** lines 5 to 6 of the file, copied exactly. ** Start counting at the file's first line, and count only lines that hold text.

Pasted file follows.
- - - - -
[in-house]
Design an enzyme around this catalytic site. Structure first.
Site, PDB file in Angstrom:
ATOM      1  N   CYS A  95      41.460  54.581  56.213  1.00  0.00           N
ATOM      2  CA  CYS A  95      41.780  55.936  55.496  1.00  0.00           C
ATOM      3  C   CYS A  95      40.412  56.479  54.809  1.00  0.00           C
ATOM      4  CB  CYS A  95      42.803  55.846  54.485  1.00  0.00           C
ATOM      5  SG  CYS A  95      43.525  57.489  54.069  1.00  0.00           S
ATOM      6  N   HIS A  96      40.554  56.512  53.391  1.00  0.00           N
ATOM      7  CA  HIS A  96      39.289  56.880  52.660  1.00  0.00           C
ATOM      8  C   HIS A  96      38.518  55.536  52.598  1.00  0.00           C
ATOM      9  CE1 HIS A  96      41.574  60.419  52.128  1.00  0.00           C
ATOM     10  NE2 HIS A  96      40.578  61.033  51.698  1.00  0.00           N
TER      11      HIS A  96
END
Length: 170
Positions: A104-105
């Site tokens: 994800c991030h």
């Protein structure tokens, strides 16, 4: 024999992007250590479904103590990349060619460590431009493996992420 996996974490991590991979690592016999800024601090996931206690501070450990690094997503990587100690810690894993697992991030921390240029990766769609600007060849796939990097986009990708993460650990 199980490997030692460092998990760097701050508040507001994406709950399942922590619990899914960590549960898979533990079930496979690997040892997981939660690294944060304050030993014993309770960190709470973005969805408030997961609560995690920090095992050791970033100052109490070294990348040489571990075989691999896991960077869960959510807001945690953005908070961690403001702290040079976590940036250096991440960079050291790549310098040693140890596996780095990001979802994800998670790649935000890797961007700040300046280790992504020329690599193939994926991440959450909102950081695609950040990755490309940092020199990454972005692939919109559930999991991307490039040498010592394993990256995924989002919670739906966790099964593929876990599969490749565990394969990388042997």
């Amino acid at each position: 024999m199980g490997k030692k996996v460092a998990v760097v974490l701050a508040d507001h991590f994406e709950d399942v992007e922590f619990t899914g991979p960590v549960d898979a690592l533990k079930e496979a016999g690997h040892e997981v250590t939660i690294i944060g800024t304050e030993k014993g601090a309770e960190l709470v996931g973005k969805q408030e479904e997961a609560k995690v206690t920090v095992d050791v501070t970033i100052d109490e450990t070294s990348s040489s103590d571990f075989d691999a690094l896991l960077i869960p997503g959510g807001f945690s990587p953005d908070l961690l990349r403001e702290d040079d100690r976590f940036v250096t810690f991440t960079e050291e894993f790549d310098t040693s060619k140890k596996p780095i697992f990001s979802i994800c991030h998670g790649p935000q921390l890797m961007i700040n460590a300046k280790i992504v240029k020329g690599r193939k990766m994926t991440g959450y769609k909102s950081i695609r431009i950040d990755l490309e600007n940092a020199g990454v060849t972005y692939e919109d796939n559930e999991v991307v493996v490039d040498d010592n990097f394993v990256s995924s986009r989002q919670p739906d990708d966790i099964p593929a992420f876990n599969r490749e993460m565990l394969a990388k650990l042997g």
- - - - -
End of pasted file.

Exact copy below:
ATOM      2  CA  CYS A  95      41.780  55.936  55.496  1.00  0.00           C
ATOM      3  C   CYS A  95      40.412  56.479  54.809  1.00  0.00           C